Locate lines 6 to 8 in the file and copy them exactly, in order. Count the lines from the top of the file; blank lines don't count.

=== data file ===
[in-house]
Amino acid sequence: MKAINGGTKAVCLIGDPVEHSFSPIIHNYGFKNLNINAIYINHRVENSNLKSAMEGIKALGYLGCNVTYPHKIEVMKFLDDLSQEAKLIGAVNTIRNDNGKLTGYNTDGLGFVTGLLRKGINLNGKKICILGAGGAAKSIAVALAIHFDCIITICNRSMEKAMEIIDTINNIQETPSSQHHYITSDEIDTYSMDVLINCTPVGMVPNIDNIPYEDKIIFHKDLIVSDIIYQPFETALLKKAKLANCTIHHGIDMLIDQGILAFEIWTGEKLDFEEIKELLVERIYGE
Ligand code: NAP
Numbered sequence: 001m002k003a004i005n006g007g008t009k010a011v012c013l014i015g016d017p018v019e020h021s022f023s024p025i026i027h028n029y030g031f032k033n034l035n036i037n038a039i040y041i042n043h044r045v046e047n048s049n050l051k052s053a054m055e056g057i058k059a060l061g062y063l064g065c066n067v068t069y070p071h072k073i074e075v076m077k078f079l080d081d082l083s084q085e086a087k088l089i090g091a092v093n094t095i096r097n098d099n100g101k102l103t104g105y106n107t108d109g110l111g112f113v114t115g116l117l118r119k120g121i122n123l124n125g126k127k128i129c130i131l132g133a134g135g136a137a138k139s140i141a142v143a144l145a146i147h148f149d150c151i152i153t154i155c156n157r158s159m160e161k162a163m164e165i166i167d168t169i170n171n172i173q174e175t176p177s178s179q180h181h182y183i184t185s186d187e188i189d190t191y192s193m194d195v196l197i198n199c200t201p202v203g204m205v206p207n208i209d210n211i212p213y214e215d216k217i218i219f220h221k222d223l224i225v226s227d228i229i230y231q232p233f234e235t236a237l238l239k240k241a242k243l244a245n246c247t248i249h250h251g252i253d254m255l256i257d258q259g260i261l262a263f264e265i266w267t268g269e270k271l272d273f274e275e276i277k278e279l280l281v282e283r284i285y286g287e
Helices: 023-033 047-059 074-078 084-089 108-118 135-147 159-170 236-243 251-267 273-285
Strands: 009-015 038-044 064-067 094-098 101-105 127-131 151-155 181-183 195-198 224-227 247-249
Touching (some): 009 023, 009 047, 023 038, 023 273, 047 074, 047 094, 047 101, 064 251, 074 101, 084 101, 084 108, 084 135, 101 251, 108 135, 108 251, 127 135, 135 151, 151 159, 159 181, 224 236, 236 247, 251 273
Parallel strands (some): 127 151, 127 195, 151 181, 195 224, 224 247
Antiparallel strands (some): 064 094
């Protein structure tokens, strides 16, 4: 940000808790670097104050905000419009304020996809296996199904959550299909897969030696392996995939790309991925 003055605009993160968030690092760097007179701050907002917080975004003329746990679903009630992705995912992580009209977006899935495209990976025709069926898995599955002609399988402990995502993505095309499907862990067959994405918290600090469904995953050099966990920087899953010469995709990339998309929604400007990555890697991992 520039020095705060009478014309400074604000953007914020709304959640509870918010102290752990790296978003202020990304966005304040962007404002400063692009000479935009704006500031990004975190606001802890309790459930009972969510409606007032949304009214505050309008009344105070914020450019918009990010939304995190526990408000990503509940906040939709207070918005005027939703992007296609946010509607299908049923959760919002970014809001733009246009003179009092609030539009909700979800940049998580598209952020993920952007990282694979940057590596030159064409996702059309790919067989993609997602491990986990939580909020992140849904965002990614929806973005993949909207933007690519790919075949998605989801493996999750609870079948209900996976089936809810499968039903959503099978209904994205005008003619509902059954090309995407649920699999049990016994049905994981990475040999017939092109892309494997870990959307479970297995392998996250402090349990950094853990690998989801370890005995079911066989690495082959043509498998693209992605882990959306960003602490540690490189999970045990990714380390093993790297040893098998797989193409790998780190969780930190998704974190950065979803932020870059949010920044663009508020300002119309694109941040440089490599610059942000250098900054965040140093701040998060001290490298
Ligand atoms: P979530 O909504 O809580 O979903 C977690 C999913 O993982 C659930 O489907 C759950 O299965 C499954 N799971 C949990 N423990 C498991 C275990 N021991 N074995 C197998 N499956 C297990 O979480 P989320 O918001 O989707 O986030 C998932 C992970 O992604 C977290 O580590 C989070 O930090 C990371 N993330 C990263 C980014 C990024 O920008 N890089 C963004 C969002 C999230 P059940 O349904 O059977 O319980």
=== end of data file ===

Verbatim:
Strands: 009-015 038-044 064-067 094-098 101-105 127-131 151-155 181-183 195-198 224-227 247-249
Touching (some): 009 023, 009 047, 023 038, 023 273, 047 074, 047 094, 047 101, 064 251, 074 101, 084 101, 084 108, 084 135, 101 251, 108 135, 108 251, 127 135, 135 151, 151 159, 159 181, 224 236, 236 247, 251 273
Parallel strands (some): 127 151, 127 195, 151 181, 195 224, 224 247